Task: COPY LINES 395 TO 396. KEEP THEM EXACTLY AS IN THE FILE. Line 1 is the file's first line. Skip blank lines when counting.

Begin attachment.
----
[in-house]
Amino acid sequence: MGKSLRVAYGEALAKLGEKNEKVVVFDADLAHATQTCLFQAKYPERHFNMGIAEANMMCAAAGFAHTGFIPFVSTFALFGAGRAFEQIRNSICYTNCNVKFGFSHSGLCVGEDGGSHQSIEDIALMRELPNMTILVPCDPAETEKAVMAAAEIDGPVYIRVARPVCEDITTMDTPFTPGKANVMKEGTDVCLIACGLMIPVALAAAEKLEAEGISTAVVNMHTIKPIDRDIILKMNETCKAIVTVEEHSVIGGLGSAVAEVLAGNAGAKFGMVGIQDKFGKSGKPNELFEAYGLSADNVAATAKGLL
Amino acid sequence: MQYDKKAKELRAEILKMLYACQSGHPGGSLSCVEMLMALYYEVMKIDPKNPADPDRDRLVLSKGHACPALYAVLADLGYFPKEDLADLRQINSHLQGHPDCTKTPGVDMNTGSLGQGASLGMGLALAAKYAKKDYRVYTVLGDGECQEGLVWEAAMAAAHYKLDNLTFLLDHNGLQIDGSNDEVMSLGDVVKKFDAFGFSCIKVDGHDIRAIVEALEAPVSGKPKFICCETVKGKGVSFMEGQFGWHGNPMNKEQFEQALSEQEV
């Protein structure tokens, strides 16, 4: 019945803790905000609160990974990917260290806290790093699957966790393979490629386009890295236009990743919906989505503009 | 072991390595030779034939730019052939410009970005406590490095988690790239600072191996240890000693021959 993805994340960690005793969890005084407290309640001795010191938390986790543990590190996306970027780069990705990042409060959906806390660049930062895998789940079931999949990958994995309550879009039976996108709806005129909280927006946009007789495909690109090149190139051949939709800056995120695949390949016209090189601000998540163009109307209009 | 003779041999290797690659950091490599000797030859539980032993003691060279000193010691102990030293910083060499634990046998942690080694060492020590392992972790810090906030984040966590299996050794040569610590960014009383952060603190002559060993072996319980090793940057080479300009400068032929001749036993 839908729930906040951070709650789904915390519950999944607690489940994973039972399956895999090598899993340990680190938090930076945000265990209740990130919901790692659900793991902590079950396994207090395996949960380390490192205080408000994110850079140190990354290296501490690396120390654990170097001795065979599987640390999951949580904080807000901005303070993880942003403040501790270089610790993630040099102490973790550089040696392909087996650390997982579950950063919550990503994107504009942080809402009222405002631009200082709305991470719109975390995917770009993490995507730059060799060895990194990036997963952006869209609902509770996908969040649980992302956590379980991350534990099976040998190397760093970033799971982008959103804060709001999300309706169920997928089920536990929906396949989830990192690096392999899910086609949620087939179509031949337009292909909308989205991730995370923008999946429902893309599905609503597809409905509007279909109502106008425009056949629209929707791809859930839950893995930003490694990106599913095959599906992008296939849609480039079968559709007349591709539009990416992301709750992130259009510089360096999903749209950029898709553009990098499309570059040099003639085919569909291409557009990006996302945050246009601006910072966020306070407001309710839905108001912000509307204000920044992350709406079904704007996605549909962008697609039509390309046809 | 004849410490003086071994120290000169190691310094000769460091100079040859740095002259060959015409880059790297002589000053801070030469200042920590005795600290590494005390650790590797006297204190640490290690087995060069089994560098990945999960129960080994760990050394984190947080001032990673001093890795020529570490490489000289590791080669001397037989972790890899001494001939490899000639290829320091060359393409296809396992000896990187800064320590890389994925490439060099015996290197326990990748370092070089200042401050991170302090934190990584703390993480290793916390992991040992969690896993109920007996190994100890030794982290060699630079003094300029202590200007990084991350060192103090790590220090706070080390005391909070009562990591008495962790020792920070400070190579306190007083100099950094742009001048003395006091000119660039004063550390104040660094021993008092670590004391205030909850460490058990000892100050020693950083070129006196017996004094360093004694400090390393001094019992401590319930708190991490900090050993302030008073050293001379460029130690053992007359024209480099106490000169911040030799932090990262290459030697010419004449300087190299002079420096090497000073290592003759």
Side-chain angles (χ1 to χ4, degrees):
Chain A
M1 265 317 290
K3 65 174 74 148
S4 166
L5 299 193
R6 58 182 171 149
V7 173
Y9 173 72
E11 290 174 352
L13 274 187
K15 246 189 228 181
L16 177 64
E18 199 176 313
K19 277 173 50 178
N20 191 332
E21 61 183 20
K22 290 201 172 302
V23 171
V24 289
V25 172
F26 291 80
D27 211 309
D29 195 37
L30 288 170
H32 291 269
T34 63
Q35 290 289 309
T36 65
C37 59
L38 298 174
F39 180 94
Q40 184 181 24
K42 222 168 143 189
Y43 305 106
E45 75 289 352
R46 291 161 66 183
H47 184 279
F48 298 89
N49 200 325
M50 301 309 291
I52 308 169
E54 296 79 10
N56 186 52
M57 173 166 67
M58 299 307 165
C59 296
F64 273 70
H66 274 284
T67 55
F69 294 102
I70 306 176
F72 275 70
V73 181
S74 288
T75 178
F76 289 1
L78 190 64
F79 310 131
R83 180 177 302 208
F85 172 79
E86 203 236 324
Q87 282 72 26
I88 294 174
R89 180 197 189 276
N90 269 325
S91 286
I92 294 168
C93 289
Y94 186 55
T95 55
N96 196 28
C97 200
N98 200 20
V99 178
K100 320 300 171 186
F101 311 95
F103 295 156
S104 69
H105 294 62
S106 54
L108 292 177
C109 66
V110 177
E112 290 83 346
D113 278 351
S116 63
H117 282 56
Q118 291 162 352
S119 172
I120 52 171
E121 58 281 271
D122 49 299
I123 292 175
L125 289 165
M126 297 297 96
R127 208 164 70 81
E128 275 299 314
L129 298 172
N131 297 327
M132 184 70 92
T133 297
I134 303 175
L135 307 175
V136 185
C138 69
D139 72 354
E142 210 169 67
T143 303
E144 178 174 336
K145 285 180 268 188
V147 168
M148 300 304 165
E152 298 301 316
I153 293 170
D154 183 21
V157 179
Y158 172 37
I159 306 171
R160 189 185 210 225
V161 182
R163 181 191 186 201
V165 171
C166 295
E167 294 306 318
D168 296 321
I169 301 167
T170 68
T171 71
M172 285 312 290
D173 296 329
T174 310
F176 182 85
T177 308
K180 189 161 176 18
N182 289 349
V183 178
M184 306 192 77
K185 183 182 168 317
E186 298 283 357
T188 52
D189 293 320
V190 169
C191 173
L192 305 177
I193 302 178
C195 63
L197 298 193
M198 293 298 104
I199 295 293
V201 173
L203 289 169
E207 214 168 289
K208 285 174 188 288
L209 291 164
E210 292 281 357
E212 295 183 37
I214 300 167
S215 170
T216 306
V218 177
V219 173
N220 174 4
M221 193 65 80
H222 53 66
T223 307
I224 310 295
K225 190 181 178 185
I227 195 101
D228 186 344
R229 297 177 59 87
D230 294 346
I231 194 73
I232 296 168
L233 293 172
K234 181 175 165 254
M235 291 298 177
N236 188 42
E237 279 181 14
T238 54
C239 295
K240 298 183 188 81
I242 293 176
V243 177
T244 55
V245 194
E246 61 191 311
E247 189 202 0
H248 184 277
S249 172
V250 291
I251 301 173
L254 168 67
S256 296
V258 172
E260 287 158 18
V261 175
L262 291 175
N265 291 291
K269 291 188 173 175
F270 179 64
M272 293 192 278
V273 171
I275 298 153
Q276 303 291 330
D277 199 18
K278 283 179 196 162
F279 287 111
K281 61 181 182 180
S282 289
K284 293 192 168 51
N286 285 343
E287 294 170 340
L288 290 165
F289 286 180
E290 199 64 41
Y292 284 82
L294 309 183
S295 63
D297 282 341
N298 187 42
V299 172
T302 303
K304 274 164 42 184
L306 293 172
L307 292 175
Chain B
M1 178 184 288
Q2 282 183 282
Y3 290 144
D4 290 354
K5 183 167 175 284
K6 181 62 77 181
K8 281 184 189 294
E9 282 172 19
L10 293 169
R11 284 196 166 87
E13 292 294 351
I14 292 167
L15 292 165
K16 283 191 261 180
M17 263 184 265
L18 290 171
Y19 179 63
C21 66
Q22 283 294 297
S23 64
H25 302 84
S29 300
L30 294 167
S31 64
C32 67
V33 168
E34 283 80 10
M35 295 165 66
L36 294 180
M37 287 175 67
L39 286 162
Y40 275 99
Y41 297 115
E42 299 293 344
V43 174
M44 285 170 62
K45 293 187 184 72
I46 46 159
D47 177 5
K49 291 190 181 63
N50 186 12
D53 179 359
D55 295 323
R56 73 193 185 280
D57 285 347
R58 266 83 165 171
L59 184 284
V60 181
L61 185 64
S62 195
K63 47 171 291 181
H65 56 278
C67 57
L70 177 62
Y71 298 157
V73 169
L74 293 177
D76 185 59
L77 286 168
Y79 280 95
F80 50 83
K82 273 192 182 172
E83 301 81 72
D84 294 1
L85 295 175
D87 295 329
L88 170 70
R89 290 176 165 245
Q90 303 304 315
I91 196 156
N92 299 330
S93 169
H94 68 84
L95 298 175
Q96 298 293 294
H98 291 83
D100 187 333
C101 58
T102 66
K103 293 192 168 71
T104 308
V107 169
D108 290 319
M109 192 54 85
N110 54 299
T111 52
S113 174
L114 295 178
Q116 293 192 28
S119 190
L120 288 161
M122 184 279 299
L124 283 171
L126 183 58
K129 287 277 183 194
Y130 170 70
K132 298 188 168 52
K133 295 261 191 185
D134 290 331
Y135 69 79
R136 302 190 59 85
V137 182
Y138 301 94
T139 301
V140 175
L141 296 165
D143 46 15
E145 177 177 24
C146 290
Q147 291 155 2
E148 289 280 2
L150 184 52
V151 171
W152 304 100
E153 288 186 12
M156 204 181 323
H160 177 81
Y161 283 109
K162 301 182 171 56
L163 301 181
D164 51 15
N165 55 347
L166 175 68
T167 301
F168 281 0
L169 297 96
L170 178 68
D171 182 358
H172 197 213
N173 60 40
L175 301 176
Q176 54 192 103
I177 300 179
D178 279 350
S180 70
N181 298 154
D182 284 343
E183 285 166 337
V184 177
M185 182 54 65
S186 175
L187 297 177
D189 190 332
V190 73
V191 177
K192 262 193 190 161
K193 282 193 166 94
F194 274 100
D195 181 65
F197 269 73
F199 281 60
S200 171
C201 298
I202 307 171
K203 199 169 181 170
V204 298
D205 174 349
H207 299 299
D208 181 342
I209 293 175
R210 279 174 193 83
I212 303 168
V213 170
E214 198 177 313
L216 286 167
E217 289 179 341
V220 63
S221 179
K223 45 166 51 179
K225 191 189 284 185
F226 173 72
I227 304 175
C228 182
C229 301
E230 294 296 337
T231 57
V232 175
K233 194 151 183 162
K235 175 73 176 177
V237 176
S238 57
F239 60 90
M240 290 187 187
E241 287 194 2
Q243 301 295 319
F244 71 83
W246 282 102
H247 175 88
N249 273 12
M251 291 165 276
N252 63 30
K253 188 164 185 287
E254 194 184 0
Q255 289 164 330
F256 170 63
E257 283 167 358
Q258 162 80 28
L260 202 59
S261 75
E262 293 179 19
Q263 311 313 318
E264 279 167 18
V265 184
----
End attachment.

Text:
E214 198 177 313
L216 286 167